Aspen Bibliography


Suitability of European Aspen (Populus tremula) for Rehabilitation of Severely Polluted Areas

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Russian Journal of Ecology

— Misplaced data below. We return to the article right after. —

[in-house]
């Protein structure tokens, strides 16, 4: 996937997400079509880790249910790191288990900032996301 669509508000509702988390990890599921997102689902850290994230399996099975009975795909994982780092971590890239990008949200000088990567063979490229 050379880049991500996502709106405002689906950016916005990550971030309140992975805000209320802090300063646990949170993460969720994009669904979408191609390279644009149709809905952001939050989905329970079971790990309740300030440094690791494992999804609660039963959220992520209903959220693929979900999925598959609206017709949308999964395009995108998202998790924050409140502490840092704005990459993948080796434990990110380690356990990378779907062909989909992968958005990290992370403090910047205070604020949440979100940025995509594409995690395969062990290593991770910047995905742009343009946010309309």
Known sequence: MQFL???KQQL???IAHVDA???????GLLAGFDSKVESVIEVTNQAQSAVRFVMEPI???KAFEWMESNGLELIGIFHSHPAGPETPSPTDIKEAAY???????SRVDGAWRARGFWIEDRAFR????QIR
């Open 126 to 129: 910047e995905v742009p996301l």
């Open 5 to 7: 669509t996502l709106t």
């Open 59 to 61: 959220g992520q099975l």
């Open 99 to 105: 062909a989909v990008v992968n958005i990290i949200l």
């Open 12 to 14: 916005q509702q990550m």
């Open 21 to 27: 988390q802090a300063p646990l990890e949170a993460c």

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The rehabilitation of polluted sites requires knowledge of the responses of the keystone species to contaminated soils and to co-occurring environmental stressors, such as climate variations and herbivory. To obtain this knowledge, we monitored the performance of young European aspen (Populus tremula) trees growing naturally at sites 1.8 to 64.5 km from the Monchegorsk copper-nickel smelter in north-western Russia from 2001‒2005. Copper and nickel concentrations near the smelter were 25‒30 times higher than the regional background. The radial and vertical increments, leaf size, fluctuating asymmetry and insect herbivory did not change along the pollution gradient. Leaf fluctuating asymmetry positively correlated with the site-specific radial increment. Among-year variations in weather conditions did not interact with spatial patterns in aspen performance. Lack of detrimental effects of extreme pollution on any of the studied traits indicates a high tolerance of European aspen to the harsh environmental conditions of industrial barrens. This tolerance makes aspen a suitable species for rehabilitation of areas with extreme levels of soil contamination by copper, nickel and other metals. The fast-growing aspens established in heavily polluted sites may facilitate natural recovery of plant communities by sheltering dwarf shrubs and tree seedlings and by producing litter that improves soil quality.